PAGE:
Plus plenty of spirits. The original cellarway had a ramp instead of stairs, said Wecker: “They just rolled in kegs and kegs of rum and ale.”
Today, the grounds of the inn are peppered with bits of iron slag, the byproduct of the process that gave the inn its name. In its time, the complex would have consisted of a blast furnace with a brick or stone chimney about 30 feet high which, fueled by charcoal made by local timber, melted the ore mined from the banks of the Patapsco into the pig iron that would beget the nails, tools and hinges of the day.
In 1873, the iron works were destroyed by a flood and subsequent explosion. The tavern closed, Wecker said, and the entire dwelling became a private residence. By 1988, however, it was a condemned property, owned by the state and in desperate need of repairs.
“It was recognizable, but a wreck inside,” said Ross Kimmel, then director of the state’s curatorship initiative. “It was a creepy place.”
Undaunted, Wecker plunged ahead.
“We were looking for a building nobody wanted, and this was it," he said. "The linen wallpaper was falling down, and there were three working light bulbs. My church youth group in Columbia used it for two years as a haunted house at Halloween. But we had a vision for it.”
Restoration took eight years, during which the inn was added to the National Register of Historic Places in 1990. Now, Kimmel said, the 19th-century Greek revival mansion shines as “one of the best of its type in Maryland. It’s a classic case of finding an adaptive re-use of a building worth saving."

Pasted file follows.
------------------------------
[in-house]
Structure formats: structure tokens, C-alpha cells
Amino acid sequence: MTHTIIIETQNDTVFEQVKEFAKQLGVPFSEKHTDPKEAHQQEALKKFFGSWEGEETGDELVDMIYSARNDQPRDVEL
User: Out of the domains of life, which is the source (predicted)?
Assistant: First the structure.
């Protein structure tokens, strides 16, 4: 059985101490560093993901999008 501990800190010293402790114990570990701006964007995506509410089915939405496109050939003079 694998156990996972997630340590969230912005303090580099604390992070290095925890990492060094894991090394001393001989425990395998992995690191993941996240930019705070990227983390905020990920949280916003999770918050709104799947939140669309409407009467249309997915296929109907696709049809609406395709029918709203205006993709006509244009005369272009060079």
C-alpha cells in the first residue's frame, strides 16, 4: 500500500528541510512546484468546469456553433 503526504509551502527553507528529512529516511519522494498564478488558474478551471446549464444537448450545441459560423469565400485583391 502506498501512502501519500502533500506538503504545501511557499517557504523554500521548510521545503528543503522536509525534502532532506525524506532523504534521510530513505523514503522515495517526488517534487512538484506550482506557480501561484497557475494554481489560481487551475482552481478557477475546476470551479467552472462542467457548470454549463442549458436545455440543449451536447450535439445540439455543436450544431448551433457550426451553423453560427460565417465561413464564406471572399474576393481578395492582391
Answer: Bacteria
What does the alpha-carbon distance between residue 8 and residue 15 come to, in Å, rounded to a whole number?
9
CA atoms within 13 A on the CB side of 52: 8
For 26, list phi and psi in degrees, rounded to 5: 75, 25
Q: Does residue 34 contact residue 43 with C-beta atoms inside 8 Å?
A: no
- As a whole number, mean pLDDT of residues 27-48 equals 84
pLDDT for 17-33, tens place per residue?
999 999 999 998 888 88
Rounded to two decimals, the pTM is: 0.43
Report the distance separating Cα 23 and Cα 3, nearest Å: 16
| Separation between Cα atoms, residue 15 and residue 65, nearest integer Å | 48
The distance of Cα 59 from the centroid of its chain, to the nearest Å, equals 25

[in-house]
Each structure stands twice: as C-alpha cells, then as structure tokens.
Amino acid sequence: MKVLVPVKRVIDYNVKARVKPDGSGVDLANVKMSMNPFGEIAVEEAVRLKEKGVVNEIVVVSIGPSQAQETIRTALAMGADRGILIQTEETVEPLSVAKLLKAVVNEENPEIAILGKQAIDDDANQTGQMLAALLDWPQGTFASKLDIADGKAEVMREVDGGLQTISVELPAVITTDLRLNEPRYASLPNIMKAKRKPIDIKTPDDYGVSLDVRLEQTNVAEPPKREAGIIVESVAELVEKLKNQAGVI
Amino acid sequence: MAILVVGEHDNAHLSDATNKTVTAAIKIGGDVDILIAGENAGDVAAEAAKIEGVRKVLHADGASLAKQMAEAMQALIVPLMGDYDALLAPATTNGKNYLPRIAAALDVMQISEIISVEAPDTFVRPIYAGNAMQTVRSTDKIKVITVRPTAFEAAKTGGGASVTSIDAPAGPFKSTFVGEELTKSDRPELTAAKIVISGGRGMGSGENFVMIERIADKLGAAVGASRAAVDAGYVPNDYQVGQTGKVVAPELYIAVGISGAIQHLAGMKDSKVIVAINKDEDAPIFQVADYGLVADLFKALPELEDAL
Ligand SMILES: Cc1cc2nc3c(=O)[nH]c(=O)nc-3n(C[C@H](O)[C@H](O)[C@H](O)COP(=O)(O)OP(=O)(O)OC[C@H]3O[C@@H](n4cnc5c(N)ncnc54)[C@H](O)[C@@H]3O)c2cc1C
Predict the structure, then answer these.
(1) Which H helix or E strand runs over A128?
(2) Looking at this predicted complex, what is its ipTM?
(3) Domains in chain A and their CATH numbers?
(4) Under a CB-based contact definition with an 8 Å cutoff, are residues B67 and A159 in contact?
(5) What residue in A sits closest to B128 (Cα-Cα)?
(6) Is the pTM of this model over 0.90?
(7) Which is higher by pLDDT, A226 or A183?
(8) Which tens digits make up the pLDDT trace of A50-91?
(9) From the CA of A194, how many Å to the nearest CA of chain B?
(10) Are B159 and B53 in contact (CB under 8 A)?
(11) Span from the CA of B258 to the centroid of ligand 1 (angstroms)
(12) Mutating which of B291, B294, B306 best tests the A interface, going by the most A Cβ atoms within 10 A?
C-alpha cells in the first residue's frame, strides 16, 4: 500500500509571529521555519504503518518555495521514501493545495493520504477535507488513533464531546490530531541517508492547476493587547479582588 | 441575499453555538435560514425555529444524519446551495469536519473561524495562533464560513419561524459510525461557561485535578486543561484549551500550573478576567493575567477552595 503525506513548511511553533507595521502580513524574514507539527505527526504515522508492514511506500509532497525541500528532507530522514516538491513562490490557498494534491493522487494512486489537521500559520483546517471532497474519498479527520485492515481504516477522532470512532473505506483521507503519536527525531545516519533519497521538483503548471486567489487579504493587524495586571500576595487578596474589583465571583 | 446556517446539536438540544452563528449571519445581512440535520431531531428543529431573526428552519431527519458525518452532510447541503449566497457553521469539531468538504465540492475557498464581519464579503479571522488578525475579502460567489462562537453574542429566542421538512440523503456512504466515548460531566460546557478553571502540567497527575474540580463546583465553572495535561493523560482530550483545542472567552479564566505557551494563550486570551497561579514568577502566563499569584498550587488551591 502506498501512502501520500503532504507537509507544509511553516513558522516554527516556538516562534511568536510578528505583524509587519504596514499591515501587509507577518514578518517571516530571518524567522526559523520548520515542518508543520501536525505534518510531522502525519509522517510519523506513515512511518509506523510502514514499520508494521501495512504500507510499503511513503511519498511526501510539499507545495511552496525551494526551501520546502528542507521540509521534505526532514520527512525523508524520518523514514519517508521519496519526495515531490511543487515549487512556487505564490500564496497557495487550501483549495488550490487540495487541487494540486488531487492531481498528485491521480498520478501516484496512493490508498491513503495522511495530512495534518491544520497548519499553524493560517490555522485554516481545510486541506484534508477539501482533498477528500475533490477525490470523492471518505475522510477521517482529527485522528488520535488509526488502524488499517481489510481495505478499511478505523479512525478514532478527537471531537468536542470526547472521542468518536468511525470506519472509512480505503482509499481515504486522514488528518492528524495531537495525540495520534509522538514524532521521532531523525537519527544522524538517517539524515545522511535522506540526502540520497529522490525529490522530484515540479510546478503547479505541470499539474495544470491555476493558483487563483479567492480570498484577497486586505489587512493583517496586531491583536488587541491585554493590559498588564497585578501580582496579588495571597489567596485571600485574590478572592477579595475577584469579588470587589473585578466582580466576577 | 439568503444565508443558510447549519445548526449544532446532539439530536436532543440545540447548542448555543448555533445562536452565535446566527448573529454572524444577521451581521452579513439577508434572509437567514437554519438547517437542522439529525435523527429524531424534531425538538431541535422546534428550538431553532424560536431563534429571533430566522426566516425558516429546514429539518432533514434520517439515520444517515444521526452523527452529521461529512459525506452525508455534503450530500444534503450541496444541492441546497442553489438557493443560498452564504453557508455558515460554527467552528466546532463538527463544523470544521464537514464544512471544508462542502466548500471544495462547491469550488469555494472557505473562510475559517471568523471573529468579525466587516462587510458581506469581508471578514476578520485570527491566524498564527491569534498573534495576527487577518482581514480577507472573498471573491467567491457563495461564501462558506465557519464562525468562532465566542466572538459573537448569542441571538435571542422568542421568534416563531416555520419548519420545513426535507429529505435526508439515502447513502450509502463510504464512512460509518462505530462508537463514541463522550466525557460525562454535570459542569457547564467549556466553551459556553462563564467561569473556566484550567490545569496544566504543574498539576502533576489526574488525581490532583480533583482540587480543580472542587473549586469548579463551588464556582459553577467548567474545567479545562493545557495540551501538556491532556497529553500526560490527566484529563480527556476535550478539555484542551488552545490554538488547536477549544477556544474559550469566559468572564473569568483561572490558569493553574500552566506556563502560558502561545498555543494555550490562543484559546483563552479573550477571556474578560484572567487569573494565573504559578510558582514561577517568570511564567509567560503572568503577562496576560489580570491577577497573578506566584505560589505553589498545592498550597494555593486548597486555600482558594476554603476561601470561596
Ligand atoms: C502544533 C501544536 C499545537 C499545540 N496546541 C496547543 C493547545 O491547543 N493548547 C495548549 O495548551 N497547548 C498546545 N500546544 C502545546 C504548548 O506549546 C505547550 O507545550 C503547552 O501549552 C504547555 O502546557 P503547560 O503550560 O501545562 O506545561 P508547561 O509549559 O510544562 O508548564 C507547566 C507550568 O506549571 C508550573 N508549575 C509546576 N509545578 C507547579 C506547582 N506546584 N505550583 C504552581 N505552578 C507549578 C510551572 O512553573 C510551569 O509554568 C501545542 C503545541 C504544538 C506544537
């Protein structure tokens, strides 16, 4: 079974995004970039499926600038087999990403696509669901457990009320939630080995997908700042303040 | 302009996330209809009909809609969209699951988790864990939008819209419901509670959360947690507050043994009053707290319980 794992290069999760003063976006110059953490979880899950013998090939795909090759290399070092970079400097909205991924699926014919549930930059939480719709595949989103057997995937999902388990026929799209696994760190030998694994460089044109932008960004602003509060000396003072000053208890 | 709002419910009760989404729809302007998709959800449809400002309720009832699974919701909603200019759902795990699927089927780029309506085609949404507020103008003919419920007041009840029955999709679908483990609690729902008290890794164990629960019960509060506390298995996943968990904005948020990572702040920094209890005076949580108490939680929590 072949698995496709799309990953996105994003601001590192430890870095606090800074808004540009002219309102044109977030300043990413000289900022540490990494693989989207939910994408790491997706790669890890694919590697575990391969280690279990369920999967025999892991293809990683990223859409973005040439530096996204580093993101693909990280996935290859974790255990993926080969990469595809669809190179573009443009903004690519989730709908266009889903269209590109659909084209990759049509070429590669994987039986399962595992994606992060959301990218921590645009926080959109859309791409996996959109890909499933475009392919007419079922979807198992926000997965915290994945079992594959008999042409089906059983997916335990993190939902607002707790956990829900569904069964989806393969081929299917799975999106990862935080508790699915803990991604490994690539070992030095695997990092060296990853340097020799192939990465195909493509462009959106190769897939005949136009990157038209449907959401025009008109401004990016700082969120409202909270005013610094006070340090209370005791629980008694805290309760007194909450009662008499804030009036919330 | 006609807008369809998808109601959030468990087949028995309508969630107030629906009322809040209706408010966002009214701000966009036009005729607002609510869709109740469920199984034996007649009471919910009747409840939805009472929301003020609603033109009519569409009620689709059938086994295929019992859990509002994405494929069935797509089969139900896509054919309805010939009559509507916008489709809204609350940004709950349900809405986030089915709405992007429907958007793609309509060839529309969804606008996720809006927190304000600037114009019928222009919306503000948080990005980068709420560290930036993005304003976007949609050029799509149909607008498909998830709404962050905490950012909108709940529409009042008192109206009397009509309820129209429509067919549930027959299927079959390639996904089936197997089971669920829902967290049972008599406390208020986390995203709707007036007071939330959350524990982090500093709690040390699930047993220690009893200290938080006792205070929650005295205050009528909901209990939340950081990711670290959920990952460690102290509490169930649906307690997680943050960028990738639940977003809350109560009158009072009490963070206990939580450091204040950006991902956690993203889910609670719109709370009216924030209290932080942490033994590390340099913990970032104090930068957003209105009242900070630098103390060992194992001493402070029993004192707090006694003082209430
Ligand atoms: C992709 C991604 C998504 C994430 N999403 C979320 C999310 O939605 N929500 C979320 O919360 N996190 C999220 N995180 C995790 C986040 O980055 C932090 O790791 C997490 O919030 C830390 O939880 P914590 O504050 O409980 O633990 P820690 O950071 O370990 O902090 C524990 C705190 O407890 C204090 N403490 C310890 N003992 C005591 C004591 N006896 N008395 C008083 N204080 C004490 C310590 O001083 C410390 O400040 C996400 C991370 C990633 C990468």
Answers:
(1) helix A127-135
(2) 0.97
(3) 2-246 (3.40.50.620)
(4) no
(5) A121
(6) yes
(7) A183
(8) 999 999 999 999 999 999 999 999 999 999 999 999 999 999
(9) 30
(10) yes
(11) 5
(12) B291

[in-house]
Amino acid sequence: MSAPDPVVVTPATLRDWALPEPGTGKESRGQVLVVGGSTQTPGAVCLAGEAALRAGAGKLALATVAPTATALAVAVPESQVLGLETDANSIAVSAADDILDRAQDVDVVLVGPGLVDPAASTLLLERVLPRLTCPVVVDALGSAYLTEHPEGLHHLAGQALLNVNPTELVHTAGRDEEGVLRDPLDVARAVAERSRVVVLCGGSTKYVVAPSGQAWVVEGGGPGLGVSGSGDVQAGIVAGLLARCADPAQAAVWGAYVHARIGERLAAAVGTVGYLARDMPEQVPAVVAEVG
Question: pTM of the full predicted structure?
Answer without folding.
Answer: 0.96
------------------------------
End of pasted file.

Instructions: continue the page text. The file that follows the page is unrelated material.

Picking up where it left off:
The Ellicott Room, once a parlor, boasts two pre-Civil War marble mantels made in Italy. Iron firebacks, set in the rear of several fireplaces, are stamped “Ellicott Elkridge Furnace 1833.” Some of the inn’s window glass also dates to that era.
In the cellar, where swank whiskey, scotch and cordials are stored, is a bricked-up chute that leads to the river. The Ellicotts were Quakers and abolitionists. Was the tunnel a route to freedom for slaves back then?
“Could be,” said Doug Reed, a historic structures consultant in Mercersburg, Pennsylvania, who has researched the inn. “I’ve worked on a lot of buildings like that.”
Skip DuPree, whose family once lived in the mansion, recalled playing in the tunnel as a child.
“My grandparents rented the place for about 30 years until the mid-1960s,” said DuPree, 65, a retired firefighter from Elkridge. “Us kids would go down in the cellar and dare each other to slide through the tunnel. We were scared to death. It was dark, narrow, home to snakes and as slick as snot; one push and you went like a rocket out to the river.”
DuPree and his kin also poked around the derelict outbuildings, two wooden dwellings believed to have housed slaves who might have served as domestics in the manor house.
“We found shackles and chains that were bolted to the wall,” he said.
Both structures originally had fireplaces and dirt floors and probably were slave quarters, Reed said. Built of used planks, they date to around 1830, said Short — the time at which the Ellicotts owned the iron works.
“But the Ellicotts had financial problems and may have leased the industrial complex to someone else who used slaves,” Short said. Which would make Wecker’s maxim ring true.